The Unbeatables

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Before he was a founding member of the Rascals, Gene Cornish was a member of the Unbeatables, an interracial quartet whose sound was remarkably similar to that of the Rascals, albiet more primitive and…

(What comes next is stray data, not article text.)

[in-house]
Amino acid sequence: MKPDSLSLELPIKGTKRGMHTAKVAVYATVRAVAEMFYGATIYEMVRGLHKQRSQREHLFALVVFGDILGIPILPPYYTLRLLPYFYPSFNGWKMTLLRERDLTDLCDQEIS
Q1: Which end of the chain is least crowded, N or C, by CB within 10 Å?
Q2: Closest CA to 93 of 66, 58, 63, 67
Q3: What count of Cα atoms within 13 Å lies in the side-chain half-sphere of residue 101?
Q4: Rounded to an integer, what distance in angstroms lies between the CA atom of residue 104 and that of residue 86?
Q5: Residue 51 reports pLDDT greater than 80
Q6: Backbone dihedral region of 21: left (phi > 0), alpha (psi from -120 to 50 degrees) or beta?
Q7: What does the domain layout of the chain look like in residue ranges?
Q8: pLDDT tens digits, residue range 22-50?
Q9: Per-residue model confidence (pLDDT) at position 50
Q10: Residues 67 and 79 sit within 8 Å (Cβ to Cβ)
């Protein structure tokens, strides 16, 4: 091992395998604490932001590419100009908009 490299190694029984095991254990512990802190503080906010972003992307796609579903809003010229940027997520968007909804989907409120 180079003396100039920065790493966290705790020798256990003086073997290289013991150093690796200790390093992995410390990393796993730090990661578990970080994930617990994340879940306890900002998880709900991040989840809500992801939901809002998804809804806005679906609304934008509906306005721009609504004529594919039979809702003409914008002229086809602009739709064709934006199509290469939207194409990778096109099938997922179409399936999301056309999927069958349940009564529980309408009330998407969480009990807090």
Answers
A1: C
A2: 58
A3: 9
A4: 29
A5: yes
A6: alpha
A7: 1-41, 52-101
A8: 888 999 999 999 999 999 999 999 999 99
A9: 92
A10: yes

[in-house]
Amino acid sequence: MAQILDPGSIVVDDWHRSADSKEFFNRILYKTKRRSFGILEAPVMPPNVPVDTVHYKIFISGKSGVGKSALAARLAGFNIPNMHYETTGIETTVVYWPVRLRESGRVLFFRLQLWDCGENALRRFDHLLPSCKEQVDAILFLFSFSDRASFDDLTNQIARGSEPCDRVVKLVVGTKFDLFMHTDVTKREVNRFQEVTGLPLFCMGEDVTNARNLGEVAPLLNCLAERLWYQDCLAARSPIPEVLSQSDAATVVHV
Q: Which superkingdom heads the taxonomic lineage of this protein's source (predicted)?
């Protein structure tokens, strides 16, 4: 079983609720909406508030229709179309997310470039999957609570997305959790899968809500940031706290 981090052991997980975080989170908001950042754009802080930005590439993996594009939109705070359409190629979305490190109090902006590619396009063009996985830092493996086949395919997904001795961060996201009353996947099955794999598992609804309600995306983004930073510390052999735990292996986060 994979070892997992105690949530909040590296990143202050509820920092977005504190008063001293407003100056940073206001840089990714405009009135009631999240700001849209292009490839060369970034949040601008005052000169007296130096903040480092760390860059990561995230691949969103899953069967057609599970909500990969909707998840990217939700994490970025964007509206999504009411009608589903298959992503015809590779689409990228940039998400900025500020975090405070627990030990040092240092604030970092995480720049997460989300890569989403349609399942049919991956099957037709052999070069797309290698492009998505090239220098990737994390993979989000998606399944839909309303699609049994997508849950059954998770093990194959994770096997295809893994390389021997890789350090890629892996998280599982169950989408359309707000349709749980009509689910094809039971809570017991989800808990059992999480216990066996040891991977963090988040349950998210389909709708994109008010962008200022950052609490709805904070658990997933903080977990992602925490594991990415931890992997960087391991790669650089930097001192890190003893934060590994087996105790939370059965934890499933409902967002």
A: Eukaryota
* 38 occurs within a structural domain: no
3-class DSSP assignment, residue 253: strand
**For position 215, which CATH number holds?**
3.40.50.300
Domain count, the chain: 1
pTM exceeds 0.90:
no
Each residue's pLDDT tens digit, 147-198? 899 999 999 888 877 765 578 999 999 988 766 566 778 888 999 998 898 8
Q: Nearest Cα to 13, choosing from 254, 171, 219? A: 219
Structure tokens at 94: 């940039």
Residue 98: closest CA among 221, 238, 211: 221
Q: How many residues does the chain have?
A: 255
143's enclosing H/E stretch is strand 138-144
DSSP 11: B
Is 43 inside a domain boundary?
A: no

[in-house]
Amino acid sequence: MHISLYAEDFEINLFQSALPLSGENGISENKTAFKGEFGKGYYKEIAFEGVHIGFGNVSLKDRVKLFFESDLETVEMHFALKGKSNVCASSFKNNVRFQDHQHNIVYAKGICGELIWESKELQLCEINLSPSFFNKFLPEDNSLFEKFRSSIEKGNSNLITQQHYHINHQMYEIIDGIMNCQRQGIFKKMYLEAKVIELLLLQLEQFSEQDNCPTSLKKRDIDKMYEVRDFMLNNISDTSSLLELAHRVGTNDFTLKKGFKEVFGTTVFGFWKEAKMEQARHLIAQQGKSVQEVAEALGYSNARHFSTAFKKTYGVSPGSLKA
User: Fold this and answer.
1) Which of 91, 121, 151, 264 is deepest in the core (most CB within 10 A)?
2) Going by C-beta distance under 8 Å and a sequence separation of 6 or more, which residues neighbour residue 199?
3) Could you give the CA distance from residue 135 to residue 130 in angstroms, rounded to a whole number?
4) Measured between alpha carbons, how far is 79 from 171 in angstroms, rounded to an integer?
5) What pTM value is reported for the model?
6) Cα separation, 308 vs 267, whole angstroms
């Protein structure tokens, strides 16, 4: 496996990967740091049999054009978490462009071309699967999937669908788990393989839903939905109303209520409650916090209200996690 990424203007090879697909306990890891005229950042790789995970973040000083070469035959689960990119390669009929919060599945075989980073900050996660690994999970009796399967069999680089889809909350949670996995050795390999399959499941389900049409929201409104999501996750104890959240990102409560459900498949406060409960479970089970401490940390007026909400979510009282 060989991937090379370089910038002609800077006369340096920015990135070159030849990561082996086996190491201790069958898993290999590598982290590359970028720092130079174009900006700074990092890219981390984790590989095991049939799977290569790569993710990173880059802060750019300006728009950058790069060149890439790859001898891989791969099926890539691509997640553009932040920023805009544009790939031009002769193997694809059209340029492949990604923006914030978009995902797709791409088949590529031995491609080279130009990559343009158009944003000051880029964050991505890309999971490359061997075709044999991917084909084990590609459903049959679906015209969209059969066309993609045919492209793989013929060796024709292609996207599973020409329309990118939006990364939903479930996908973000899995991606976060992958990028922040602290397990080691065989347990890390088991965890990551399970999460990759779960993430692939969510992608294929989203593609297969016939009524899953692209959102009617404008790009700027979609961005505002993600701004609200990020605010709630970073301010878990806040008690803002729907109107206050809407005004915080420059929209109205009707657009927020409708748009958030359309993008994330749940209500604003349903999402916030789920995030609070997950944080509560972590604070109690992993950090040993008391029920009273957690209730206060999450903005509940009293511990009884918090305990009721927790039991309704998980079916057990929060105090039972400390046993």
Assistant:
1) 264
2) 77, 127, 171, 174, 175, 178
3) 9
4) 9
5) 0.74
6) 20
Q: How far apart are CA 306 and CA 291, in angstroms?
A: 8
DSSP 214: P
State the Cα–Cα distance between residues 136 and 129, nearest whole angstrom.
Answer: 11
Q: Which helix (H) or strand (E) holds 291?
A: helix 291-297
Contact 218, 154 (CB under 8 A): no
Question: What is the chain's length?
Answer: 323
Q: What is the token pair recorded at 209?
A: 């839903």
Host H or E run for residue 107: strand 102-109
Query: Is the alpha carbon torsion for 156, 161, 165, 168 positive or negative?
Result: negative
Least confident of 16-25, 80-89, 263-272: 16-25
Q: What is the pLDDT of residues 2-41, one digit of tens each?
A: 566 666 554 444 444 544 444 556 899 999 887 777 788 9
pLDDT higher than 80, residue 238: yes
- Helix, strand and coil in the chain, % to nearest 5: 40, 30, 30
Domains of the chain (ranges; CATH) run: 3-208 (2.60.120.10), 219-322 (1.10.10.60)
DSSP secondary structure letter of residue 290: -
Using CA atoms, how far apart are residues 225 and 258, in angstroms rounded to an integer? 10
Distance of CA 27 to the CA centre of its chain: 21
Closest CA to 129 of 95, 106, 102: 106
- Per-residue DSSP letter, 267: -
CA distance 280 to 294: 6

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Before he was a founding member of the Rascals, Gene Cornish was a member of the Unbeatables, an interracial quartet whose sound was remarkably similar to that of the Rascals, albiet more primitive and far more derivative of several earlier pop music forms. They were a r&b-based club band, equally at home on slow ballads ("Happy Birthday, Baby," "Talk To Me") or fast dance numbers. The group was still tied to the influence of early '60s pop-rock, and retained elements of harmony vocal groups in their work. The Unbeatables (and one wonders if the name was a play on the popularity of the Beatles) were a transitional outfit, midways between classic do-wop and the higher energy sound that Cornish was to perfect with Felix Cavaliere and company. Their work is hardly essential, but it won't displease anyone who loved the Rascals' first three albums.